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Data Science (DS)

The way in which data is available and in which form has changed considerably with the widespread use of social media, extensive log data and so-called value-added services. What they all have in common is that customer data represents the main value. Examples include well-known social media representatives, payback card systems, health trackers, GSM and GPS trackers in cars and mobile phones, Internet of Things data and tracking systems for user click behaviour on the Web.

The task of data science is, on the one hand, the infrastructural challenge of dealing with the mostly extensive data, some of which arrive as a data stream. On the other hand, however, it is necessary to generate value from this data in the form of correlations. This is the actual core task. The resulting data is often unstructured and the correlations to be found are partly in the area of previously unnoticed questions, for which there are no preconceived solutions. Therefore, data mining methods used include unmonitored, but also monitored machine learning. This happens, for example, in the form of weak AIs on the basis of a deep learning architecture. Typical statistical topics here are regression, categorization, cluster formation/similarities and survival models.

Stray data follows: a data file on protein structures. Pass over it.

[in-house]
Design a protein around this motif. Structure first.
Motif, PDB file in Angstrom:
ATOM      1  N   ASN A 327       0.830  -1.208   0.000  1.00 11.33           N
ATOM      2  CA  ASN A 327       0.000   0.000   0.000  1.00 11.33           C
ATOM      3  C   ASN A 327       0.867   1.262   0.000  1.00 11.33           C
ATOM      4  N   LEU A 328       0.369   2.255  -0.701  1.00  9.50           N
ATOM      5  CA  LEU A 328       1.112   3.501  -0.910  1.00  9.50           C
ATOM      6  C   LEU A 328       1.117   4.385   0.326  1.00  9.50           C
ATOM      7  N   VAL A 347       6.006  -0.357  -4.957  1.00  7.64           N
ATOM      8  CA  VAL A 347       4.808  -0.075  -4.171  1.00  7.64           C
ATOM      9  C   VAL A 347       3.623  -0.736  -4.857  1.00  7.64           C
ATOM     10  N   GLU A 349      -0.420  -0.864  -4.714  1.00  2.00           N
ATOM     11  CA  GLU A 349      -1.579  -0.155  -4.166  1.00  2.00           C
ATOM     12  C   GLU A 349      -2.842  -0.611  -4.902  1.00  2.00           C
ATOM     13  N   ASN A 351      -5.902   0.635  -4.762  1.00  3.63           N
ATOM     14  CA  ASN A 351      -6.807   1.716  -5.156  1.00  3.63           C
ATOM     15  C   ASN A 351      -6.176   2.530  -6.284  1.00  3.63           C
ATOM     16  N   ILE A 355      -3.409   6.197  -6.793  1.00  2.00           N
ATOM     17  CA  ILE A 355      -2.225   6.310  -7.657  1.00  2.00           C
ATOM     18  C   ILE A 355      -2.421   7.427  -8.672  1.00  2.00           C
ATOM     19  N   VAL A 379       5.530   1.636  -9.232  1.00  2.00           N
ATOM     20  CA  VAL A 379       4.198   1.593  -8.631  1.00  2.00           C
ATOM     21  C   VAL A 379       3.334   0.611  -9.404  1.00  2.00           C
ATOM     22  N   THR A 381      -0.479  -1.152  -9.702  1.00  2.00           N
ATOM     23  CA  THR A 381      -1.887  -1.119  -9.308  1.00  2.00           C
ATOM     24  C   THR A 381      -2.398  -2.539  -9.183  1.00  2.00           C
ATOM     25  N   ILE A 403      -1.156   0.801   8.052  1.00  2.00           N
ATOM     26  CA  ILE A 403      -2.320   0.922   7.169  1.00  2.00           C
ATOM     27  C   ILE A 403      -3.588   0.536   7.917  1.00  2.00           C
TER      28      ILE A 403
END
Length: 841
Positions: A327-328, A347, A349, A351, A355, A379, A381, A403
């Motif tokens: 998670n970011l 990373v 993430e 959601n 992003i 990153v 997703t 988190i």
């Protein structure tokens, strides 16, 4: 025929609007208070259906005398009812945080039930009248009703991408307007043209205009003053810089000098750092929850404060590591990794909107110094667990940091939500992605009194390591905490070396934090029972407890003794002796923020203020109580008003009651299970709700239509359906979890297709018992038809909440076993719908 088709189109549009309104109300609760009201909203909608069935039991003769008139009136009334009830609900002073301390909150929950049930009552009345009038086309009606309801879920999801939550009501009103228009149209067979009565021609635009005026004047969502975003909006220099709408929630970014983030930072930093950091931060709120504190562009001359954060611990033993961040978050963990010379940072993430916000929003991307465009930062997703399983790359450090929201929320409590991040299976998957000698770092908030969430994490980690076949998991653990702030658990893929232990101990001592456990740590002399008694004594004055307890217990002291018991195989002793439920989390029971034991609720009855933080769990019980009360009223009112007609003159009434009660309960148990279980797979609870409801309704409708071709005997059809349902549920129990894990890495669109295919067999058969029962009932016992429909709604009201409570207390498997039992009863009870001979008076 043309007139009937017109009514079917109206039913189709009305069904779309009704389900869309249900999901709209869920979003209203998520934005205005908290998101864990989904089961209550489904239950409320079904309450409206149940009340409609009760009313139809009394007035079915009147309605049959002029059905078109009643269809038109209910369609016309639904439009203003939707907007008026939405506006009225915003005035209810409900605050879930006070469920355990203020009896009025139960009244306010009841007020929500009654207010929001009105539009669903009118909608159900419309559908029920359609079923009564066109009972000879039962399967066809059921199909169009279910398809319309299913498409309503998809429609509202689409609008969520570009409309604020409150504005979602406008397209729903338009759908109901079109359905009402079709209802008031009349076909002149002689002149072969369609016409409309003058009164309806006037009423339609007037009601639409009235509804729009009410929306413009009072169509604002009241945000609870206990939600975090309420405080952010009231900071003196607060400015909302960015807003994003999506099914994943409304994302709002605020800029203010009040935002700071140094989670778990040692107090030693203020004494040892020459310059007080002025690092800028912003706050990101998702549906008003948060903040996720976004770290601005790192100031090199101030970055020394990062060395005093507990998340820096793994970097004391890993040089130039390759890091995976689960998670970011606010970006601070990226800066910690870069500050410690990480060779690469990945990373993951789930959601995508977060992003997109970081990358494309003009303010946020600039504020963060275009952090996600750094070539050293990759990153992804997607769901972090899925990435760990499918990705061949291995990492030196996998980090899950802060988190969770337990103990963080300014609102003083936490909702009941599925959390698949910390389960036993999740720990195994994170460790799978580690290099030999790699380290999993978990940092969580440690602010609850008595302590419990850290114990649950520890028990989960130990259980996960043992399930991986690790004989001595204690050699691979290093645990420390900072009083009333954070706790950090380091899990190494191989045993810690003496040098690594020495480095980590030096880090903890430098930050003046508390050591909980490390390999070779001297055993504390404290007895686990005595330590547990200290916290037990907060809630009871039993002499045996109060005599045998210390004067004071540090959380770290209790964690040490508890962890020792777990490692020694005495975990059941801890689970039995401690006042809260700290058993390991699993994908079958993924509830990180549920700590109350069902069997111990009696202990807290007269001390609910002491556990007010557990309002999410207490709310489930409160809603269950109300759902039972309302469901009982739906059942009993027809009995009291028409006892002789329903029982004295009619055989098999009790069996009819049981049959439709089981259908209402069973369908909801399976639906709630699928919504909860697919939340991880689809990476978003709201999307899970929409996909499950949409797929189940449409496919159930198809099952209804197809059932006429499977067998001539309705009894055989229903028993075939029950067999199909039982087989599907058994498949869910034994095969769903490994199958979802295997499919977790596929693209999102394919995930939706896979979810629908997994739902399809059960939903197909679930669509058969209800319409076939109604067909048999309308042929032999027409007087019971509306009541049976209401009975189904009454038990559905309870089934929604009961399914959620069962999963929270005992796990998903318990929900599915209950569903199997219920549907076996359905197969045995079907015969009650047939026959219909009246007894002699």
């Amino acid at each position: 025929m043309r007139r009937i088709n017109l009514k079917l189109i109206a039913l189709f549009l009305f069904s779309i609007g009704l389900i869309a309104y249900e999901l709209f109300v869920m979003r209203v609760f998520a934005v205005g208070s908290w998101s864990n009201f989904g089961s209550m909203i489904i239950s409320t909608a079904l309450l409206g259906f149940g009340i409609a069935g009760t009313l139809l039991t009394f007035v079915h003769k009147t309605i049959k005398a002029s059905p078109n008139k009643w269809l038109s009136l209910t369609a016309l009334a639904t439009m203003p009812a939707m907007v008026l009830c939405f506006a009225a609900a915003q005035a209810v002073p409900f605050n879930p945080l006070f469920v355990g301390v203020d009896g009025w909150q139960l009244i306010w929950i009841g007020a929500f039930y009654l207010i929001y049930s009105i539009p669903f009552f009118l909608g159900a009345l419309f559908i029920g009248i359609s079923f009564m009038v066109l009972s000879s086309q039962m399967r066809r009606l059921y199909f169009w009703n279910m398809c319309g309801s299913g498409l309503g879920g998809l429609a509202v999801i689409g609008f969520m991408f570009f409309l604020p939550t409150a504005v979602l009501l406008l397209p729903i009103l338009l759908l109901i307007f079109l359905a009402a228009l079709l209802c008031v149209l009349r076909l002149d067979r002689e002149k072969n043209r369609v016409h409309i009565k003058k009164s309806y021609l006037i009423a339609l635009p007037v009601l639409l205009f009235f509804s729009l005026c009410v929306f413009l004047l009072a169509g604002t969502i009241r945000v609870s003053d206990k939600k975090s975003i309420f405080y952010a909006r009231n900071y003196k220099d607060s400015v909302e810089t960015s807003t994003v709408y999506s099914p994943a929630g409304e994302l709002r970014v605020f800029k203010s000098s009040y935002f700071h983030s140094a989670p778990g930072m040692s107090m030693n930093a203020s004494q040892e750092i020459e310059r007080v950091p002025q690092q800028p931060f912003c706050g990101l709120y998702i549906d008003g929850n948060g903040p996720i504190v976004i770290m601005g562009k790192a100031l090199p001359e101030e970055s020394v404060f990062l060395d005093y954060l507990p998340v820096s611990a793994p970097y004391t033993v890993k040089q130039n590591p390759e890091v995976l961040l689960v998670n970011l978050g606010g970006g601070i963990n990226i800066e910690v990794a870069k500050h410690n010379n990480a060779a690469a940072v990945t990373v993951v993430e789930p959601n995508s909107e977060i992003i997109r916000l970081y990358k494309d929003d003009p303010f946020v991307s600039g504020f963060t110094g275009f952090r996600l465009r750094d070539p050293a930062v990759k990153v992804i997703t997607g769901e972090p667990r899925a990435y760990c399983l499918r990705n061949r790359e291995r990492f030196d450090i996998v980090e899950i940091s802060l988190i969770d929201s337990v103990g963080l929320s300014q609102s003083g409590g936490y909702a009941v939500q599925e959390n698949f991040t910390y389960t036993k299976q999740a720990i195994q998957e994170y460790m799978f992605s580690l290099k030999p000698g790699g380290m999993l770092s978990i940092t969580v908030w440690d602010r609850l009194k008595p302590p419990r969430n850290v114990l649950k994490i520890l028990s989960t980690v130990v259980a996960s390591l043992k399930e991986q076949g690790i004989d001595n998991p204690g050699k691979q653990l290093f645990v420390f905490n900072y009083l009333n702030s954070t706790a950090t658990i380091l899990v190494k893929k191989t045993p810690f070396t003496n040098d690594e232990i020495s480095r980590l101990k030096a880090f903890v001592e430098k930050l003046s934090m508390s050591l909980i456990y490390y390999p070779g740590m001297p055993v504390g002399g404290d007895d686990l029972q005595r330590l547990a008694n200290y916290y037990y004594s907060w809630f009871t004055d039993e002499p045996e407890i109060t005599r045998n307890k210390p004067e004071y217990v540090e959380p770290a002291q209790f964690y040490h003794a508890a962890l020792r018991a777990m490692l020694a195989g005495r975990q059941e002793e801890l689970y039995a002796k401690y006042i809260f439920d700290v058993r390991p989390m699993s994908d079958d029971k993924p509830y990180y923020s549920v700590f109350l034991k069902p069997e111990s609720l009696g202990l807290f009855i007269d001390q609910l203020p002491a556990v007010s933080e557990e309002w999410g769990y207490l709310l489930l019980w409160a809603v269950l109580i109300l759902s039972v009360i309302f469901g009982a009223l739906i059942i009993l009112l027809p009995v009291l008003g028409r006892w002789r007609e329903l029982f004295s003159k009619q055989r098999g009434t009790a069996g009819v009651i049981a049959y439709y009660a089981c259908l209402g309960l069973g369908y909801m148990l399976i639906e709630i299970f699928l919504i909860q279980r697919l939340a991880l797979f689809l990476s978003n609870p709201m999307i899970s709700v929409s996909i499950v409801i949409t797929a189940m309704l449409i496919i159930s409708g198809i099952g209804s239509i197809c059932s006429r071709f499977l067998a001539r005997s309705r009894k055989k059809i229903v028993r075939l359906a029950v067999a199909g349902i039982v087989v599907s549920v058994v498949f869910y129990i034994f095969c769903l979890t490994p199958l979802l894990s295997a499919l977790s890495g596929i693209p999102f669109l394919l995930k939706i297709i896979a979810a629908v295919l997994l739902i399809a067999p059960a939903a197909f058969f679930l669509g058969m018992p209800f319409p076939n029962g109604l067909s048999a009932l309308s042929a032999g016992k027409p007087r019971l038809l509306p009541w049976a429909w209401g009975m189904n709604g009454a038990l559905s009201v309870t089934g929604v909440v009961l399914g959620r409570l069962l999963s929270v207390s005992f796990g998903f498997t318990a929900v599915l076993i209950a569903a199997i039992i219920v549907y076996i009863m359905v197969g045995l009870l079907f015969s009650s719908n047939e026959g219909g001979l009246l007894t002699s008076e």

Contact: Arne Scheffer (CIT)
Fon: 0251 83-31581